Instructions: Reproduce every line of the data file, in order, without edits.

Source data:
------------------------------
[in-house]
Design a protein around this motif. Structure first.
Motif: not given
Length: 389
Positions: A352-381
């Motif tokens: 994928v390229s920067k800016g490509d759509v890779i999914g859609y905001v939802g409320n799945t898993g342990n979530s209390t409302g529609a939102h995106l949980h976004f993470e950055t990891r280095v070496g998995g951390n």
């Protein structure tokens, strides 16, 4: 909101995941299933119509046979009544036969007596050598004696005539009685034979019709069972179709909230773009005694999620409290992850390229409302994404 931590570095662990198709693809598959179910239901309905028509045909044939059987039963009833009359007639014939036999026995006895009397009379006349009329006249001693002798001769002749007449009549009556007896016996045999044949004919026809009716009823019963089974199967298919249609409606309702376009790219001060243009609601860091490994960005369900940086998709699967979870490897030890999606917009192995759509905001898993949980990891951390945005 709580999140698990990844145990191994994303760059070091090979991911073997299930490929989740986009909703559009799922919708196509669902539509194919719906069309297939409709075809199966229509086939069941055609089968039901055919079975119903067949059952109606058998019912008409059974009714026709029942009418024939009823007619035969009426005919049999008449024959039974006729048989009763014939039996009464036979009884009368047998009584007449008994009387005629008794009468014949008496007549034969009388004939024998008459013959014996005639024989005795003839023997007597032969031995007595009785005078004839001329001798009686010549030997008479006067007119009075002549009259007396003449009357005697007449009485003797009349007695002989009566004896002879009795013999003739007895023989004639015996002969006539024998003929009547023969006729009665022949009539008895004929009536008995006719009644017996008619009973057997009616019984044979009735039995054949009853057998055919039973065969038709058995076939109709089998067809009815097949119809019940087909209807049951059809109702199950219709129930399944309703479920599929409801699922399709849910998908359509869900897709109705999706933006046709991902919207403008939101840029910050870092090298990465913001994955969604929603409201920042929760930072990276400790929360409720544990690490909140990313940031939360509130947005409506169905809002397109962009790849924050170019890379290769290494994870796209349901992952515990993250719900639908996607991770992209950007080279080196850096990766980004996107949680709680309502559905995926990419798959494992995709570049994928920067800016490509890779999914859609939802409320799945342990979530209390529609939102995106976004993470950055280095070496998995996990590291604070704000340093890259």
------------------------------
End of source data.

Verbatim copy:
[in-house]
Design a protein around this motif. Structure first.
Motif: not given
Length: 389
Positions: A352-381
């Motif tokens: 994928v390229s920067k800016g490509d759509v890779i999914g859609y905001v939802g409320n799945t898993g342990n979530s209390t409302g529609a939102h995106l949980h976004f993470e950055t990891r280095v070496g998995g951390n």
């Protein structure tokens, strides 16, 4: 909101995941299933119509046979009544036969007596050598004696005539009685034979019709069972179709909230773009005694999620409290992850390229409302994404 931590570095662990198709693809598959179910239901309905028509045909044939059987039963009833009359007639014939036999026995006895009397009379006349009329006249001693002798001769002749007449009549009556007896016996045999044949004919026809009716009823019963089974199967298919249609409606309702376009790219001060243009609601860091490994960005369900940086998709699967979870490897030890999606917009192995759509905001898993949980990891951390945005 709580999140698990990844145990191994994303760059070091090979991911073997299930490929989740986009909703559009799922919708196509669902539509194919719906069309297939409709075809199966229509086939069941055609089968039901055919079975119903067949059952109606058998019912008409059974009714026709029942009418024939009823007619035969009426005919049999008449024959039974006729048989009763014939039996009464036979009884009368047998009584007449008994009387005629008794009468014949008496007549034969009388004939024998008459013959014996005639024989005795003839023997007597032969031995007595009785005078004839001329001798009686010549030997008479006067007119009075002549009259007396003449009357005697007449009485003797009349007695002989009566004896002879009795013999003739007895023989004639015996002969006539024998003929009547023969006729009665022949009539008895004929009536008995006719009644017996008619009973057997009616019984044979009735039995054949009853057998055919039973065969038709058995076939109709089998067809009815097949119809019940087909209807049951059809109702199950219709129930399944309703479920599929409801699922399709849910998908359509869900897709109705999706933006046709991902919207403008939101840029910050870092090298990465913001994955969604929603409201920042929760930072990276400790929360409720544990690490909140990313940031939360509130947005409506169905809002397109962009790849924050170019890379290769290494994870796209349901992952515990993250719900639908996607991770992209950007080279080196850096990766980004996107949680709680309502559905995926990419798959494992995709570049994928920067800016490509890779999914859609939802409320799945342990979530209390529609939102995106976004993470950055280095070496998995996990590291604070704000340093890259």